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ERIC Number: ED527870
Record Type: Non-Journal
Publication Date: 2011
Pages: 185
Abstractor: As Provided
Reference Count: N/A
ISBN: ISBN-978-1-1245-9168-1
An Implementation Analysis of Threat Assessment Policies in Public Universities and Community Colleges in Central Texas: A Post Virginia Tech Incident Assessment
Piet DeLaTorre, Christine
ProQuest LLC, Ph.D. Dissertation, The University of Texas at Dallas
It is clear that the tragic events at Virginia Tech and other institutions of higher education (IHEs) have brought threat assessment to the forefront of higher education literature and increased public concern for campus safety. IHEs have a profound duty to learn from the Virginia Tech tragedy and to recognize their responsibility in providing a safe environment for their students, faculty, and staff. While one cannot maintain a free and open society and eliminate the possibility that acts of random violence may occur, IHE officials and policymakers must determine how to minimize the risk that these situations may occur in the future. This dissertation explores the extent to which public universities and community colleges in Central Texas have incorporated critical, post-Virginia Tech recommendations into their campus safety policies. The researcher analyzed the websites of thirty-two selected IHEs in Central Texas to collect data regarding the integration of those critical recommendations into their campus safety policies and programs. This dissertation also explores how institutions succeed or fail in translating these policies into meaningful campus safety programs and services. The researcher conducted two case studies included in the policy analysis sample, The University of Texas at Dallas and Collin College. The data was collected and analyzed based on open-ended interview data to find common themes that related to managing, preventing, and responding to incidents of random mass violence. Although the professional literature on incidents of college and university violence is increasing, little of the existing research addresses the differences between campus safety policy approaches directed to "Virginia Tech-type" incidents and those approaches directed at violence such as assault, rape, or homicide. The dissertation aims to help fill this void by focusing on certain recommendations of post Virginia Tech reports that specifically address these types of incidents precisely because they present universities with a different set problems than other campus crime. [The dissertation citations contained here are published with the permission of ProQuest LLC. Further reproduction is prohibited without permission. Copies of dissertations may be obtained by Telephone (800) 1-800-521-0600. Web page:]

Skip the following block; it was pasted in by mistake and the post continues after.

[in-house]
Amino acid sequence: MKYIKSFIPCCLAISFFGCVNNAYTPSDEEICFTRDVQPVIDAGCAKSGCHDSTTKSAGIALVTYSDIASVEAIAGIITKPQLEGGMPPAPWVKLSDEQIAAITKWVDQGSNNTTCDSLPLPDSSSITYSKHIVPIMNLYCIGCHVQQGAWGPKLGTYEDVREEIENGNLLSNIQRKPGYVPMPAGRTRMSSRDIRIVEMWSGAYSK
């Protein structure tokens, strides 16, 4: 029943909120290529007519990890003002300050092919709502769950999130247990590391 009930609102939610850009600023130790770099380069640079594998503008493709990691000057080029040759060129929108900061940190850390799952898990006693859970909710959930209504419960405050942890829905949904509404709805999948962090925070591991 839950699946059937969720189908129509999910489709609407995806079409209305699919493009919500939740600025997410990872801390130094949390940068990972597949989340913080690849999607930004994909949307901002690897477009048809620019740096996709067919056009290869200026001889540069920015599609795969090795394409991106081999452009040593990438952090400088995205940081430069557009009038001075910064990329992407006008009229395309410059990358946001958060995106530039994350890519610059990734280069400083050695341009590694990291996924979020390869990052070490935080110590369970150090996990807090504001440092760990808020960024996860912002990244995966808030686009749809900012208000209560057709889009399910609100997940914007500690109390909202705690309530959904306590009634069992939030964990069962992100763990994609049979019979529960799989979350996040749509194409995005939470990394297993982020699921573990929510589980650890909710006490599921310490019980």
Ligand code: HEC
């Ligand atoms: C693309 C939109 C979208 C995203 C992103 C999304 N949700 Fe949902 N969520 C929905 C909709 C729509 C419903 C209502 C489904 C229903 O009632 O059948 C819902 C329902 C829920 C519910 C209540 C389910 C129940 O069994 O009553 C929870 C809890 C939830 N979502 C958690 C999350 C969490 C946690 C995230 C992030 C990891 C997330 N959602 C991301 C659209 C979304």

ProQuest LLC. 789 East Eisenhower Parkway, P.O. Box 1346, Ann Arbor, MI 48106. Tel: 800-521-0600; Web site:
Publication Type: Dissertations/Theses - Doctoral Dissertations
Education Level: Higher Education
Audience: N/A
Language: English
Sponsor: N/A
Authoring Institution: N/A
Identifiers - Location: Texas